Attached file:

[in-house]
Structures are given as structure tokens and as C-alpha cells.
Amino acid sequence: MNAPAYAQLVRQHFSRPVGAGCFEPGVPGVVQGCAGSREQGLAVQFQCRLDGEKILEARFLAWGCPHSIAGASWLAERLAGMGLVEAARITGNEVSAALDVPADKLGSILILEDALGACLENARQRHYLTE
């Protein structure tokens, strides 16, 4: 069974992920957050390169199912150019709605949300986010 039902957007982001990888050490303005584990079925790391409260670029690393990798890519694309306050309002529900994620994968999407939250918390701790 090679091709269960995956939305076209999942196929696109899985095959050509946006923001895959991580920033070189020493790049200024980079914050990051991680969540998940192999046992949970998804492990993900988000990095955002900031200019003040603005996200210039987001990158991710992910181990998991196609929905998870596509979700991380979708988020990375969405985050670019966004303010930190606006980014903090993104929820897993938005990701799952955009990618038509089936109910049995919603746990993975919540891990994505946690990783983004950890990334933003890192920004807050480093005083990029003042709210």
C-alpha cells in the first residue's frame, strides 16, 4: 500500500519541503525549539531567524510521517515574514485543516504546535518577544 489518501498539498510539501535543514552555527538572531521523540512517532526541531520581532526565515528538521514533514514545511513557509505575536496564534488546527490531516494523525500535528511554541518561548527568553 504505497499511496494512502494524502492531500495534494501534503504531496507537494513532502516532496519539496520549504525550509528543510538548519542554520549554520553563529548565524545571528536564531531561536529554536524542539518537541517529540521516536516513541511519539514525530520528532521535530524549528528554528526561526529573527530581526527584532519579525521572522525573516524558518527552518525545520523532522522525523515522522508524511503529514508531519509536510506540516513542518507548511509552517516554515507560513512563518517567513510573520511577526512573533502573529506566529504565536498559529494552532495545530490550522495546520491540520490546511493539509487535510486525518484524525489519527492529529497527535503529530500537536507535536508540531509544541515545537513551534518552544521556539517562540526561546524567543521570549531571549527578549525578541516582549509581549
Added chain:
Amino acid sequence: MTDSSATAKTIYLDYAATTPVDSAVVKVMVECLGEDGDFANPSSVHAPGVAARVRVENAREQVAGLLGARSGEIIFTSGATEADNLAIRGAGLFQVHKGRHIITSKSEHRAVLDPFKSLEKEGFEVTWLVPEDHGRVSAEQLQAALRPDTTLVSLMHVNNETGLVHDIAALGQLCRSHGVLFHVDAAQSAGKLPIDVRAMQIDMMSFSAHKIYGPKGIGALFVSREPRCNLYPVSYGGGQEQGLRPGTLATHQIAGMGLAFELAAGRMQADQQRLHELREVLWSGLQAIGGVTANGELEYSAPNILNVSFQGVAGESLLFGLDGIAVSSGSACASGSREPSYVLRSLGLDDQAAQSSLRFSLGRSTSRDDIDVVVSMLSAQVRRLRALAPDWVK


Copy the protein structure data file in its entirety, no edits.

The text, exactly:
[in-house]
Structures are given as structure tokens and as C-alpha cells.
Amino acid sequence: MNAPAYAQLVRQHFSRPVGAGCFEPGVPGVVQGCAGSREQGLAVQFQCRLDGEKILEARFLAWGCPHSIAGASWLAERLAGMGLVEAARITGNEVSAALDVPADKLGSILILEDALGACLENARQRHYLTE
């Protein structure tokens, strides 16, 4: 069974992920957050390169199912150019709605949300986010 039902957007982001990888050490303005584990079925790391409260670029690393990798890519694309306050309002529900994620994968999407939250918390701790 090679091709269960995956939305076209999942196929696109899985095959050509946006923001895959991580920033070189020493790049200024980079914050990051991680969540998940192999046992949970998804492990993900988000990095955002900031200019003040603005996200210039987001990158991710992910181990998991196609929905998870596509979700991380979708988020990375969405985050670019966004303010930190606006980014903090993104929820897993938005990701799952955009990618038509089936109910049995919603746990993975919540891990994505946690990783983004950890990334933003890192920004807050480093005083990029003042709210």
C-alpha cells in the first residue's frame, strides 16, 4: 500500500519541503525549539531567524510521517515574514485543516504546535518577544 489518501498539498510539501535543514552555527538572531521523540512517532526541531520581532526565515528538521514533514514545511513557509505575536496564534488546527490531516494523525500535528511554541518561548527568553 504505497499511496494512502494524502492531500495534494501534503504531496507537494513532502516532496519539496520549504525550509528543510538548519542554520549554520553563529548565524545571528536564531531561536529554536524542539518537541517529540521516536516513541511519539514525530520528532521535530524549528528554528526561526529573527530581526527584532519579525521572522525573516524558518527552518525545520523532522522525523515522522508524511503529514508531519509536510506540516513542518507548511509552517516554515507560513512563518517567513510573520511577526512573533502573529506566529504565536498559529494552532495545530490550522495546520491540520490546511493539509487535510486525518484524525489519527492529529497527535503529530500537536507535536508540531509544541515545537513551534518552544521556539517562540526561546524567543521570549531571549527578549525578541516582549509581549
Added chain:
Amino acid sequence: MTDSSATAKTIYLDYAATTPVDSAVVKVMVECLGEDGDFANPSSVHAPGVAARVRVENAREQVAGLLGARSGEIIFTSGATEADNLAIRGAGLFQVHKGRHIITSKSEHRAVLDPFKSLEKEGFEVTWLVPEDHGRVSAEQLQAALRPDTTLVSLMHVNNETGLVHDIAALGQLCRSHGVLFHVDAAQSAGKLPIDVRAMQIDMMSFSAHKIYGPKGIGALFVSREPRCNLYPVSYGGGQEQGLRPGTLATHQIAGMGLAFELAAGRMQADQQRLHELREVLWSGLQAIGGVTANGELEYSAPNILNVSFQGVAGESLLFGLDGIAVSSGSACASGSREPSYVLRSLGLDDQAAQSSLRFSLGRSTSRDDIDVVVSMLSAQVRRLRALAPDWVK